Monday, October 5, 2009

Public Practice Exhibition

Well, my new exhibit went off with a bang, even if it was last minute. I was fine tuning the particulars up to 3pm Friday, but everything worked out well. The photo-booth was a fun time, with people making faces, and laughing behind the curtains. The typewriter was a huge draw to young and old alike. Some new and amazing comments were added to the walls, and for some, it was a first time experience to use such an ancient machine (ha!). The videos, put into a loop and projected onto the wall/corner, were quite intriguing, and it will be interesting to see the creative abstraction one continue to grow and change. The gallery will be open Thursdays 12-2pm or by appointment. The exhibit will be on display through November. Visit for more information.

Friday, September 25, 2009

"Los cuatro cabezas"

So this group of ladies from my contemporary art class (this past summer) get together regularly to discuss the book "7 days in the art world" and other art events/ideas etc. Of course last night was another stimulating experience. We discussed chapter two, which is about the art critique. How is a professional artist suppposed to get this feed back, which is required to see ones own work with a more universal perspective? Is it the curator responsibility? Or perhaps the public must step up to the duty of giving the feedback required? Who is the final expert on what is 'good' art and what is not? Is there a difference between good art and marketable art, and is the marketability a requirement for the work to be successful?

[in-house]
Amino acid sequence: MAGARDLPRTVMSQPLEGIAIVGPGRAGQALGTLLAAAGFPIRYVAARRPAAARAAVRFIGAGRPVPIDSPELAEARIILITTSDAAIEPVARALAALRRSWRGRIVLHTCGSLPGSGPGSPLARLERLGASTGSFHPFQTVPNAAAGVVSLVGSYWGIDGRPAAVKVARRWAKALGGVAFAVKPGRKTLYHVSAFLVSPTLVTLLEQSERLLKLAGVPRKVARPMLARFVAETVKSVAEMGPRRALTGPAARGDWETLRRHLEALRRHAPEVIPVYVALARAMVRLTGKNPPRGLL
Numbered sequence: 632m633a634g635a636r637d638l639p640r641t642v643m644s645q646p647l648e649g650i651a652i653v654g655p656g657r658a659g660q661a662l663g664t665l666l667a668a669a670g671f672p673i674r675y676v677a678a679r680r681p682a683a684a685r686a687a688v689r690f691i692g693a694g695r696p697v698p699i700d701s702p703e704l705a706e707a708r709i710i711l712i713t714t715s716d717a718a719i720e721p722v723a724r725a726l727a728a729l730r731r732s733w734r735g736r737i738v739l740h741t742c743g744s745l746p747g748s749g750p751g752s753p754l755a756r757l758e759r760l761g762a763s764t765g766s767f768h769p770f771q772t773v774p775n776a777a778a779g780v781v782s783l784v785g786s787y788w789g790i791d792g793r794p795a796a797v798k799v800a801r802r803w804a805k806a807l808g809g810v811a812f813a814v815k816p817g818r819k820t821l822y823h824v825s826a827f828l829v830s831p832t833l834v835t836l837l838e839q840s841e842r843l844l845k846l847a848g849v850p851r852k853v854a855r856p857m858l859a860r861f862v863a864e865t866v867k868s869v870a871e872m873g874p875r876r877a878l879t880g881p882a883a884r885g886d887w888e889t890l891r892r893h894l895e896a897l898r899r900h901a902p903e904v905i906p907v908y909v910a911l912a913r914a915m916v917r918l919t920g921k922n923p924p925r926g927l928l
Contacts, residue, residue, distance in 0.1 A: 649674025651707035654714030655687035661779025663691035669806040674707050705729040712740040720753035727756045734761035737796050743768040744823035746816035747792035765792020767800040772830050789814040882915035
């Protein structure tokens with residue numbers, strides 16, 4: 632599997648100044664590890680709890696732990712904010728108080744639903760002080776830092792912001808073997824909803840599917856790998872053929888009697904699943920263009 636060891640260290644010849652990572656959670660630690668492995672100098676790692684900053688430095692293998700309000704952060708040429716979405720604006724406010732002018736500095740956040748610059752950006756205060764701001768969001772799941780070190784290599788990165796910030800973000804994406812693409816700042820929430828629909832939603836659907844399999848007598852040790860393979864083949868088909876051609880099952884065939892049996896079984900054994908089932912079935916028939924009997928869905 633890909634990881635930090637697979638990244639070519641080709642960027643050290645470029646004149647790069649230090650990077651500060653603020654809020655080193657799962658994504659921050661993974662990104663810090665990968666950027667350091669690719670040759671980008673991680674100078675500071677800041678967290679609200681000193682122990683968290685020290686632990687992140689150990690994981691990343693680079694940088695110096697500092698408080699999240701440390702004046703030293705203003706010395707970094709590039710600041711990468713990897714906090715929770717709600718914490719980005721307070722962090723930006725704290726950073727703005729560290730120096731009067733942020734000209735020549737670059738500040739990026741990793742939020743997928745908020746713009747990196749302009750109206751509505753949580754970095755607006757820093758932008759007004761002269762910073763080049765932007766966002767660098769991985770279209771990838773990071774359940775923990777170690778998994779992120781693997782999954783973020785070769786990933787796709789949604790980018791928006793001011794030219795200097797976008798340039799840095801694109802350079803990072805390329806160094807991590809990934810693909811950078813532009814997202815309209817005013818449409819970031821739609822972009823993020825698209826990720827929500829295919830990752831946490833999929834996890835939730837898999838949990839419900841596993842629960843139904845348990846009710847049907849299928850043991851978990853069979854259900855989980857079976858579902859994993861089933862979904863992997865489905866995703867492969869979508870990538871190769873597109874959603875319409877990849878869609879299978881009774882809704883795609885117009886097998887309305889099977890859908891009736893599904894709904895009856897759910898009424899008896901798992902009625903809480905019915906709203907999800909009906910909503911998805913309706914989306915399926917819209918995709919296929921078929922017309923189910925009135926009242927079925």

We also talked about the Warhol exhibit that is at the CSU museum, which features his photographs as well as several of the flower prints in all their technicolor wonder. The Warhol Foundation has recently donated large collections to many university institutions around the country. The goal, I suppose is to encourage research into his life, his process etc. But how much research can be done by just looking at the images? Warhol was always with his camera, shooting his whole life, and to say what his thoughts were behind any individual image is merely conjecture. Some I am sure where very thought out composed pictures, while others may have just been taken spontaneously, just part of his daily routine.
So this is only a brief summary of our conversations, and thanks to all the great ideas, and blood to the brain! cheers,